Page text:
With the historic discrimination and modern-day thieving politicians, Filipinos were left with very little faith when it comes to the government. Being a strong Catholic, Christian nation, the Philippines held onto religion to bind their values and to look for leadership.

Former president Benigno Aquino III was never really the President we were looking for. He was just the “lesser evil” at the time of the previous election. He looked nice and he seemed nice. At the same time, he promised us “Daang Matuwid” (Righteous Path) when it comes to leading the nation’s politics.

International brands in the Philippines (Photo credit: Wikimedia)

He was here and there, but he was never really a moving figure for the country. We survived a couple more years in his reign. The nation thrived because of the OFW (Overseas Filipino Workers), the BPO (Business Process Outsourcing) and the remote work industry. We were having a somehow comfortable economic balance. But, very little changed.

Serendra Mall, Bonifacio Global City, Philippines (Photo credit: Wikimedia)

The poverty line is still at its lows. The nation is still one of the most corrupt countries in the world. The Philippines has welcomed the BPO industry and majority of its millennial workers do not get the chance to finish college because of its attractive pay offers.


Why should I waste money on finishing college, when I could earn above average salary here?

If I finish my course, I would just be getting the bare minimum rate anyway.


So, when everyone heard about this unpopular mayor from the far-off city of Davao, everyone was impressed.


How come Davao is the only city in the Philippines to have a 911 service? How come Davao has clean streets where we look like trash here in Manila? How come Davao is considered as one of the most peaceful places on Earth?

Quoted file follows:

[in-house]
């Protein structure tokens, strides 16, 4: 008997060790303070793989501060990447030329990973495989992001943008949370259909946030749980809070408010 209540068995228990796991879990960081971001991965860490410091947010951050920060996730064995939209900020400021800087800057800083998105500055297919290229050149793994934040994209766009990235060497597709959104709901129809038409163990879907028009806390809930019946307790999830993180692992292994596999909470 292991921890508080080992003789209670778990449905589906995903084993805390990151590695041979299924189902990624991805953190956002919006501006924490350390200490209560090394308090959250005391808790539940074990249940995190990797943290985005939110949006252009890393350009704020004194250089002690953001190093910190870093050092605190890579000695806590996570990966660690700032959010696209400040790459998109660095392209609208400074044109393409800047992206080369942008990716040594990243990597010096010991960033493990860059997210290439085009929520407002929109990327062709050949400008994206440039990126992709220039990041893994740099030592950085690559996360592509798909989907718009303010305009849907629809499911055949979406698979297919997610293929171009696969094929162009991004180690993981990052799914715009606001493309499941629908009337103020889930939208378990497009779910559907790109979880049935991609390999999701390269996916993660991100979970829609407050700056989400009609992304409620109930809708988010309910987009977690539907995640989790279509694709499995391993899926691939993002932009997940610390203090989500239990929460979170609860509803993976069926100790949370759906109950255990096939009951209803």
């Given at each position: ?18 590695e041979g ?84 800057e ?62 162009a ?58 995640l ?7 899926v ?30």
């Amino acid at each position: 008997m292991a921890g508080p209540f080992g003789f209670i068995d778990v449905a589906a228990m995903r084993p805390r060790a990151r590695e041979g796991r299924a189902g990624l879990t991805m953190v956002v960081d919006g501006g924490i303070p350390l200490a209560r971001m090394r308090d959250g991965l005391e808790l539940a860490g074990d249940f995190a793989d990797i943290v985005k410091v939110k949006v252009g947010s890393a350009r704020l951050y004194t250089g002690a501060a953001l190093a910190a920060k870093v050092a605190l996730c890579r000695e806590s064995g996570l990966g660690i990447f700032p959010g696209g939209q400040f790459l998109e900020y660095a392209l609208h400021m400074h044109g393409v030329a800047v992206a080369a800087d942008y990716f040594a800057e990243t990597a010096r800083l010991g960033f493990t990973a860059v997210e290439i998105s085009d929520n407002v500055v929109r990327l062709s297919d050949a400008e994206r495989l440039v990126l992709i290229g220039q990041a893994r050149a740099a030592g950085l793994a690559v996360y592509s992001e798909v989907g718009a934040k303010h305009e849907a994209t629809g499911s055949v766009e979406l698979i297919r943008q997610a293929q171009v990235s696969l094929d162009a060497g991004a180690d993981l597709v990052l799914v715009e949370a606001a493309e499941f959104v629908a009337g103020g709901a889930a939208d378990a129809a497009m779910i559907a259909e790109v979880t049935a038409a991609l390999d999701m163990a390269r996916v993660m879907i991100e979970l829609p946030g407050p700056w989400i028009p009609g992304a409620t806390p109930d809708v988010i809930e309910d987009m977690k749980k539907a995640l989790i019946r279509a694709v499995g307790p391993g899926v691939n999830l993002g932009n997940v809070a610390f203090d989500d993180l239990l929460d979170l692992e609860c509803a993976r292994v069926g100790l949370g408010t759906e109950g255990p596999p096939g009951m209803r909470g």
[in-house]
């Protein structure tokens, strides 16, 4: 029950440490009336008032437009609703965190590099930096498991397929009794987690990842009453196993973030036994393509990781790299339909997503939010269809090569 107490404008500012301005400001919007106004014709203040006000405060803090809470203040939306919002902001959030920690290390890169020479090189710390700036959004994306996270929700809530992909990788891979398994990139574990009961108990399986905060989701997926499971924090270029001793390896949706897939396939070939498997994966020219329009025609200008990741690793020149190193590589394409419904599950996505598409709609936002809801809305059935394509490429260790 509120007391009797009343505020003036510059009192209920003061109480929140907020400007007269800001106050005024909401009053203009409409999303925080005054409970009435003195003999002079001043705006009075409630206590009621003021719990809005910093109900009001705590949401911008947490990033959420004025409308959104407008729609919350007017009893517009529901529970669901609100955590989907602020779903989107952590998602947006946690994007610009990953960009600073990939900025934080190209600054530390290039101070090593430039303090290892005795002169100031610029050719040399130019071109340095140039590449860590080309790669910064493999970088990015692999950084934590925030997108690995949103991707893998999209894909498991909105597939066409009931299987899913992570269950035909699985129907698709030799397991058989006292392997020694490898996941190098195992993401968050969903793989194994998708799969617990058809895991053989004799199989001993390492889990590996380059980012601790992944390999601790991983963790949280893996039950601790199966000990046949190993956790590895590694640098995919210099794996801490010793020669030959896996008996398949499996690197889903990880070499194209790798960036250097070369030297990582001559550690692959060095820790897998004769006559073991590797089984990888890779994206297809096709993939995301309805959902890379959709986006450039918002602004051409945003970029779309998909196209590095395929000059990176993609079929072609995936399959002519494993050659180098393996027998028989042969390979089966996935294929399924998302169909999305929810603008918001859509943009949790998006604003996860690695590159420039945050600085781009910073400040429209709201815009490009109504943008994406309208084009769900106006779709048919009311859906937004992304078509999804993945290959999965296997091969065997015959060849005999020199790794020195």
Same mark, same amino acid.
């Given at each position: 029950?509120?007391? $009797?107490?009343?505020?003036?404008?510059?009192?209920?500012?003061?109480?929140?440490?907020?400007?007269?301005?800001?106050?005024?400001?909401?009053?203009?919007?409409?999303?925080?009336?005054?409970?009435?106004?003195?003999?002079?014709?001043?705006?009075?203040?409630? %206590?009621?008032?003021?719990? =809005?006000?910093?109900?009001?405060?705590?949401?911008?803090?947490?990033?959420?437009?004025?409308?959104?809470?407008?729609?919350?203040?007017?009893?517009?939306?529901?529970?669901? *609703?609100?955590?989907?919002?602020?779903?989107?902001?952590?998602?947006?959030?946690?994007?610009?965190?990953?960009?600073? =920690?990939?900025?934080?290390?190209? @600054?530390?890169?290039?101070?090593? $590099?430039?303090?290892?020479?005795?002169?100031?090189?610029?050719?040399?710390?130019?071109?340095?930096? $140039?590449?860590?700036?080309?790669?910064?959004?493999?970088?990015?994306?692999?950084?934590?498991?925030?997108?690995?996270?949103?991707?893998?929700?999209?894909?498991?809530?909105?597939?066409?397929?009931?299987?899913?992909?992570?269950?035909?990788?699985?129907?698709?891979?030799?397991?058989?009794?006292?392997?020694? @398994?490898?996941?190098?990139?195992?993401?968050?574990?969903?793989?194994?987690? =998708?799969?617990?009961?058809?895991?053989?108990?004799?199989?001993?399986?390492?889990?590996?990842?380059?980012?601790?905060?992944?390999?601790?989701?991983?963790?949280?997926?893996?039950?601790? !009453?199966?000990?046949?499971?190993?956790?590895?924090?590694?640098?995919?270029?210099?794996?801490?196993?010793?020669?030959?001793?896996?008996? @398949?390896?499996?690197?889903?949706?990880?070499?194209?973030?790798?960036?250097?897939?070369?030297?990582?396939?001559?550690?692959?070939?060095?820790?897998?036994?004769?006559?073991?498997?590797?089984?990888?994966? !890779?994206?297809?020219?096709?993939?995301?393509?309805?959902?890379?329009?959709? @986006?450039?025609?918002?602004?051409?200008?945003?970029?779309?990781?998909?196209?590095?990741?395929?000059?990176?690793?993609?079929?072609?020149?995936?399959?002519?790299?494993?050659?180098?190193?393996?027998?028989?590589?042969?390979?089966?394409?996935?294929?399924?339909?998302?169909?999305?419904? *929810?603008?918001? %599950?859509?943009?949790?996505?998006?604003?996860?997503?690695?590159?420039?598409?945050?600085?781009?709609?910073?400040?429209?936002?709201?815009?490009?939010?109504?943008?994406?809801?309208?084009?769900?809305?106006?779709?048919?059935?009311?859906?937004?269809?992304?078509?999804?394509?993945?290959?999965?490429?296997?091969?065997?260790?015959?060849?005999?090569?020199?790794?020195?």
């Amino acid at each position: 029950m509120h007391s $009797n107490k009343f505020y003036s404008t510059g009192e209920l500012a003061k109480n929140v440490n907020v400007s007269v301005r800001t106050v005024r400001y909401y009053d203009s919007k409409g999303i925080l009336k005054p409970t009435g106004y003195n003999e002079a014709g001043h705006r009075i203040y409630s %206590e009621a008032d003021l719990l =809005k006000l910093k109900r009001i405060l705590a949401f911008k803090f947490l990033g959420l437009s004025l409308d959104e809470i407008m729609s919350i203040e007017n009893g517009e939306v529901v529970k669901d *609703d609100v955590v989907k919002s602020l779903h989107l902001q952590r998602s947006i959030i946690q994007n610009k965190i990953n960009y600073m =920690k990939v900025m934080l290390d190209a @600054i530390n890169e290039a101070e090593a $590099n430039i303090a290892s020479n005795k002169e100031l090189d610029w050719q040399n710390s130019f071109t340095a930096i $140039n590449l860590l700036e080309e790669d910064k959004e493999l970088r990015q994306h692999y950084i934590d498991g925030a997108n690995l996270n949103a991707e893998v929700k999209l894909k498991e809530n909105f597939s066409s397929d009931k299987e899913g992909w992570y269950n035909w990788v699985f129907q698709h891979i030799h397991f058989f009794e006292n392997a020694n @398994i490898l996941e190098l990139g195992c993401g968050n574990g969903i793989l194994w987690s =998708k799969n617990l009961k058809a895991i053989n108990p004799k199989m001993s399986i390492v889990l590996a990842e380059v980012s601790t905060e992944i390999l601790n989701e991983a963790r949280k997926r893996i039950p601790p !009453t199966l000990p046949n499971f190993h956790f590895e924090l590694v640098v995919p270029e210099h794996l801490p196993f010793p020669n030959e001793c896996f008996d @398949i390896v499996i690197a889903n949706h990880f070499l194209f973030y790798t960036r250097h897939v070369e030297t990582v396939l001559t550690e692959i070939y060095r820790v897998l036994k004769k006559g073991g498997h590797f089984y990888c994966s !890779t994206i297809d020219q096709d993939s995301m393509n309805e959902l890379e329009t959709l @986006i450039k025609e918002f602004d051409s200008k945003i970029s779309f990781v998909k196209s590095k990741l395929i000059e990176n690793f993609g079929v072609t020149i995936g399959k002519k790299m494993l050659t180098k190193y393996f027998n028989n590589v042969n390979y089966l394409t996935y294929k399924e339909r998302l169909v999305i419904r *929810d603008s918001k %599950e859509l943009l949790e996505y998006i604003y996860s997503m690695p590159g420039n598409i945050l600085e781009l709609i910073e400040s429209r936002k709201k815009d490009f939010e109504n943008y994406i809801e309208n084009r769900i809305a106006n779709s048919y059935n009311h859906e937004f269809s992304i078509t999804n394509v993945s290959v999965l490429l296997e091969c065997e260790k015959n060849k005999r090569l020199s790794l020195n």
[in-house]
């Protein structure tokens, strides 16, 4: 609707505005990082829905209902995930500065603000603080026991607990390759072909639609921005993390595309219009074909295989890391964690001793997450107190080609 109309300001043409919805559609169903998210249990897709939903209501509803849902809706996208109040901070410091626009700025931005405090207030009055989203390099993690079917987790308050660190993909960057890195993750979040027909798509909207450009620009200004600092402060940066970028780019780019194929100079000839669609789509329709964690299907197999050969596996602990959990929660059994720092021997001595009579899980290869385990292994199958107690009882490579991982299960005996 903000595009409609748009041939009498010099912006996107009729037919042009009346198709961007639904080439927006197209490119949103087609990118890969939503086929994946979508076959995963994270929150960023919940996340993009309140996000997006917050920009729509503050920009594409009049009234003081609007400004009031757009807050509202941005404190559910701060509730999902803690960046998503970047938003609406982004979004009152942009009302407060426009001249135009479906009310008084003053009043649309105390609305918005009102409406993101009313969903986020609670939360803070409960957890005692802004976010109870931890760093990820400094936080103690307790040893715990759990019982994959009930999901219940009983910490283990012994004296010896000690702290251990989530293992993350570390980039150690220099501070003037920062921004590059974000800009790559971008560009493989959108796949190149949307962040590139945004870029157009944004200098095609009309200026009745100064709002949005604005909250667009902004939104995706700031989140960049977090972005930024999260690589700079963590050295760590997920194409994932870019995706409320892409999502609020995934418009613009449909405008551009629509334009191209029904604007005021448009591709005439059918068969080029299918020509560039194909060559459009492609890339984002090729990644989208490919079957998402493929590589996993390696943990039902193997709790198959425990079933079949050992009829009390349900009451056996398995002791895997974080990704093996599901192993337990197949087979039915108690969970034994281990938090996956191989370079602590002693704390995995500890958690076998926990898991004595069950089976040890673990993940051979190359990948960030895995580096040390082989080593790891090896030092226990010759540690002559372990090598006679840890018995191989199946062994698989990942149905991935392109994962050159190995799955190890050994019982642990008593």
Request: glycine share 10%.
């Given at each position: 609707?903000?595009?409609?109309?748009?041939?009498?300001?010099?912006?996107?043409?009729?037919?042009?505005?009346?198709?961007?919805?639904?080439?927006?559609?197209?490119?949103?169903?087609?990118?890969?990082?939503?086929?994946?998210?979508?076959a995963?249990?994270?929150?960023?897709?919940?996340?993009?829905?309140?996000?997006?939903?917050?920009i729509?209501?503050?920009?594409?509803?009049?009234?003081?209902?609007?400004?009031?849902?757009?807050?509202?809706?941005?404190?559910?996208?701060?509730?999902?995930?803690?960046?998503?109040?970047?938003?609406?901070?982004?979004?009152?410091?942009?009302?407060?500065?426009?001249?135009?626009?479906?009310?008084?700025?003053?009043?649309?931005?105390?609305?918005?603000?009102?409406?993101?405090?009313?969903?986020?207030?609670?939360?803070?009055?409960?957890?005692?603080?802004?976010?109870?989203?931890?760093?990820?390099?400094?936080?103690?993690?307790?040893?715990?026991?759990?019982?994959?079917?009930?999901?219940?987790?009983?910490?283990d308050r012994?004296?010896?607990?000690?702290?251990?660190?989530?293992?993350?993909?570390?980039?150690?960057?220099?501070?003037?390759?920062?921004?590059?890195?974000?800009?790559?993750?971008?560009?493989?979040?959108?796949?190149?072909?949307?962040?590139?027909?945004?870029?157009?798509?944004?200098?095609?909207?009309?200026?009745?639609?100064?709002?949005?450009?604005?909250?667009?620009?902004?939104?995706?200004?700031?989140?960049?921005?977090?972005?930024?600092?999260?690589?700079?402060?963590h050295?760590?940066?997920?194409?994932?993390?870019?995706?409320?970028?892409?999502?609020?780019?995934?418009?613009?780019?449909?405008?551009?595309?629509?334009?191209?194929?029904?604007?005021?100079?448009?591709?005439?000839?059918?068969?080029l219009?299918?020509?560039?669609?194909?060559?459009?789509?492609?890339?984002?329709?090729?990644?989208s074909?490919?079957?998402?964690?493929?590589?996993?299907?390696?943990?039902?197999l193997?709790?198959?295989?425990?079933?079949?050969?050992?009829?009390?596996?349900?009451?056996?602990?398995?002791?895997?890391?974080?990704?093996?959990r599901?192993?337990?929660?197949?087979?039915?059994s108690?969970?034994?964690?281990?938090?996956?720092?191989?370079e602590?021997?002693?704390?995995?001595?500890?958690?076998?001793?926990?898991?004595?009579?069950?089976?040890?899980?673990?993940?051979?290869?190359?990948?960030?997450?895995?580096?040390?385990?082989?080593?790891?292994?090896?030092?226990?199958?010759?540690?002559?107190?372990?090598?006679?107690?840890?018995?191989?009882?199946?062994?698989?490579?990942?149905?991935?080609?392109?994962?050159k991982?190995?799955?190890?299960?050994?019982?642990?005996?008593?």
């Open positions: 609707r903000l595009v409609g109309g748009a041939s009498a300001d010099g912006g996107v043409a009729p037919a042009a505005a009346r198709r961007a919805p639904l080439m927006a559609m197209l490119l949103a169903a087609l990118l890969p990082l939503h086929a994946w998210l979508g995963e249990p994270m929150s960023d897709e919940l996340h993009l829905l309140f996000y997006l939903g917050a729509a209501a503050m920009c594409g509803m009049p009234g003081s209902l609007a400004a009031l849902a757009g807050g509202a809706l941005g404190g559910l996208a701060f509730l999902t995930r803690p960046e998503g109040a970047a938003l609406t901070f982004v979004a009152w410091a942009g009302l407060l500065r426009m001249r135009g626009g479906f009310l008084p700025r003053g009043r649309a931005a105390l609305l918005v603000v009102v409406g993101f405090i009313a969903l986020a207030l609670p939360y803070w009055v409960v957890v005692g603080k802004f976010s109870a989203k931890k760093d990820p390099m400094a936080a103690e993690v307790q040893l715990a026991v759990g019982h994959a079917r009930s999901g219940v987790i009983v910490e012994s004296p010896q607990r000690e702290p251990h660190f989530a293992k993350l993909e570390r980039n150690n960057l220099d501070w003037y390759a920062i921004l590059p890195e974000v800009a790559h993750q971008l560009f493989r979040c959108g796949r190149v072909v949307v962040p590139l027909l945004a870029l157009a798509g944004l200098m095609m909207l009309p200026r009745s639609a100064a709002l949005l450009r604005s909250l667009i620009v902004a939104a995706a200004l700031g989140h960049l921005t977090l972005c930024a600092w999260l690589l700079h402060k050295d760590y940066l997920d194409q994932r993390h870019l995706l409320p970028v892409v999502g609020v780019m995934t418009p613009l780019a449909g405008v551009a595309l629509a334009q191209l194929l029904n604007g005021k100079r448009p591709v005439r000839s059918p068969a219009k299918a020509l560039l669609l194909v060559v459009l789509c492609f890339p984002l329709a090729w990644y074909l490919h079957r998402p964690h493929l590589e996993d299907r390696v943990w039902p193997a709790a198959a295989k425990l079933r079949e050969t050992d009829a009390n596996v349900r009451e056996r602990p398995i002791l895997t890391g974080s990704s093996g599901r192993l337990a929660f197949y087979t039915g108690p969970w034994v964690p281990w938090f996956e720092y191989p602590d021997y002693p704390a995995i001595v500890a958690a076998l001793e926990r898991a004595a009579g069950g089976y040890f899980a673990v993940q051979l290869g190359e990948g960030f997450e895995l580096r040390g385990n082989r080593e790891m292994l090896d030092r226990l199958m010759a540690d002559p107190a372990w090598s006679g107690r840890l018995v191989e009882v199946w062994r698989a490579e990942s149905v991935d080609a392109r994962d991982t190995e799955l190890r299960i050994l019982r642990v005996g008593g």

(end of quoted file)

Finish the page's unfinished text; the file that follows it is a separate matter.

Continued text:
CONCLUSION: Mayor Rodrigo Duterte must have been doing something right.


Duterte was the “Superman” everyone is looking for. The Filipino nation has been hoping for a strong leader who can keep his words and who will avoid corrupting the country’s resources.

Duterte was the answer. He was the key to finally changing the Philippines for the better…or so we thought.

True Colors, But We’re Loving Him Blindly

Pres. Duterte never really wanted to run as the president. Months before the election, he was already being interviewed for that possibility. However, social media moved his campaign way ahead of his final decision.

The people were chanting “Duterte.” Multiple users from Facebook and Twitter have raised their support to the local Mayor. Business men were seeing the opportunity to support a candidate that people already love.

Duterte basically had no other choice but to run with the majority of the Philippine public’s support.

During the first part of the campaign, everything that was good about Davao was published by the media. Everything was highlighted. There was a rehabilitation facility for drug users. There was an improved economic reform. The streets were reportedly safe. Duterte implemented strict curfews that ensured a high quality of safety for the people of Davao.

Duterte seemed like the man for the job.

It was simple. He get things done. He was bold. He was not afraid. He was not a “kiss-ass” to big companies and corporations.

We liked that. His candidness and unpolished demeanor showed the Filipinos a candidate that we can all relate to. That was Duterte.

Little did we know that Duterte was deeply Machiavellian in nature.

Weeks before he officially sat down as the president, Duterte already made bold claims about “cleaning” the Philippines of corruption and crime. He said that the would eradicate drug use in just 6 months.